In Königsberg (Prussia, Germany), in 1930, two blue males were born from a Russian blue father and a mother who was described as a brown Angora. Both Nest Brothers had a curly coat. One of them, Munk, is known to have walked uncastrated in adulthood. In that way, he may have contributed to the spread of the gene that causes curling hair.
The curly Munk has become fourteen years old. Much later, after the Second World War, curly cats were discovered again in the 1950s in Berlin. It is unknown if these cats are descendants of Munk. Since many people from Königsberg and the surrounding area have worked in the war years in Berlin, this could be an option. The documented history of the breed German Rex, however, really starts in the year 1951. In that year, the veterinarian Dr. Scheuer-Karpin found a black cat with a curly coat, which stopped at the site of a hospital. When she looked closer at the animal, it appeared to have only a soft, ruffled undercoat, similar to that of the Cornish Rex, and no (harder) outer coat. At the time Dr. Scheuer-Karpin took the kitten in her house, it was probably already four years old. The vet called her foundling Lämmchen.
Lämmchen was covered by an ordinary house cat called Bläckie. The kittens that were born from them all had a normal coat. Thereupon, Dr. Scheuer-Karpin wanted Lämmchen to be covered by a son of her, to see if the curly coat was caused by a recession gene. However: Lämmchen only accepted Bläckie as a partner and was only allowed to cover after his death by her son Fridolin. That was in the year 1957, Lämmchen was then at least ten years old. From this mating four kittens were born: two of them had a normal coat and two had a curly coat. Thus it was found that the Krullerige coat was after Lämmchen compare and also inherited recessive.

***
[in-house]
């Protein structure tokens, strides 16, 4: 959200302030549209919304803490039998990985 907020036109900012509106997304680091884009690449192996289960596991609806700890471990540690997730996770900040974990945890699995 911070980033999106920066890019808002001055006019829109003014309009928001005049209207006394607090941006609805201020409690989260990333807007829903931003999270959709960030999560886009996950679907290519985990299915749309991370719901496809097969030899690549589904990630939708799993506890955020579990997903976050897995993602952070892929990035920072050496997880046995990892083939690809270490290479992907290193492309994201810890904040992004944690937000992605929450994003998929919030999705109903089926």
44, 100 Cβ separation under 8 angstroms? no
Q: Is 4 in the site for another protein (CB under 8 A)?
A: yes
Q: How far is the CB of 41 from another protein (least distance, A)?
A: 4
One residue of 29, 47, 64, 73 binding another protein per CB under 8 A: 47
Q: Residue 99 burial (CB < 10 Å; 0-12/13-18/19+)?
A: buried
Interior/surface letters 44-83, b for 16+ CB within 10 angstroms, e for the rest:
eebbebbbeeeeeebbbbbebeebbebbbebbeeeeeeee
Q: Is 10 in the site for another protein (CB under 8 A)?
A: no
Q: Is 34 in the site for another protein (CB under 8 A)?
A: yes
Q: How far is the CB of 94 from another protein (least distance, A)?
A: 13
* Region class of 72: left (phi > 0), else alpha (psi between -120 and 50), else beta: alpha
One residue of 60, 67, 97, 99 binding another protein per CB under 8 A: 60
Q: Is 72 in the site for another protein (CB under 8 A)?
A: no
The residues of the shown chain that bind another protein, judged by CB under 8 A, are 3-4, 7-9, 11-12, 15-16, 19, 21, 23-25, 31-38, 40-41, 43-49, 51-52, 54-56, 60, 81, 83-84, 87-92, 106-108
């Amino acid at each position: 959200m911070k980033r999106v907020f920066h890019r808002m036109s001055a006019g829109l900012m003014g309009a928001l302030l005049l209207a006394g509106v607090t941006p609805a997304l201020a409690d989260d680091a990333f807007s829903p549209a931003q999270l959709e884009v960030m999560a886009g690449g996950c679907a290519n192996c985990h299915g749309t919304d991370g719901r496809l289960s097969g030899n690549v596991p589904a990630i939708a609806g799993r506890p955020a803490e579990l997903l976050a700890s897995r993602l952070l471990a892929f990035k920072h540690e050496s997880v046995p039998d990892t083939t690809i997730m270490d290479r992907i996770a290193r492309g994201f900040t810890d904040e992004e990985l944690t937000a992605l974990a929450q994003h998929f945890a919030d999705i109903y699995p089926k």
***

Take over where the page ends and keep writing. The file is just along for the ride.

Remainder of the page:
Dr. Scheuer-Karpin wanted to capture this mutation in a new breed, but she received little acclaim in her own country. Logically, the timing where this took place. Some descendants of Lämmchen came to England where they were used to insert new blood into the Cornish Rex – the gene that caused curling hair to the German Rex, was the same as that of the Cornish Rex.
Yet in Germany, especially in East Germany, there were a few people who wanted to maintain the young breed. In the period, both domestic cats and Persians and Devon Rexes were crossed in the German Rex to widen the gene base. That was also necessary because there was little other material behind the (then) Iron Curtain. Nevertheless, new curly cats were discovered every now and then, which were involved in the breeding program. In 1970, the German Rex cat Jeanette Kom Grund was exhibited at a large exhibition in Prague (Czech Republic). In 1973, some German Rex cats were exported to West Germany and a little more people started to use it to preserve the breed. Although the breed was recognized by the Fifé in 1983, the breed is still in full construction today. In 2002, the first breed club for this race was established in Germany.
Source: The Big cat encyclopedia – Esther Verhoef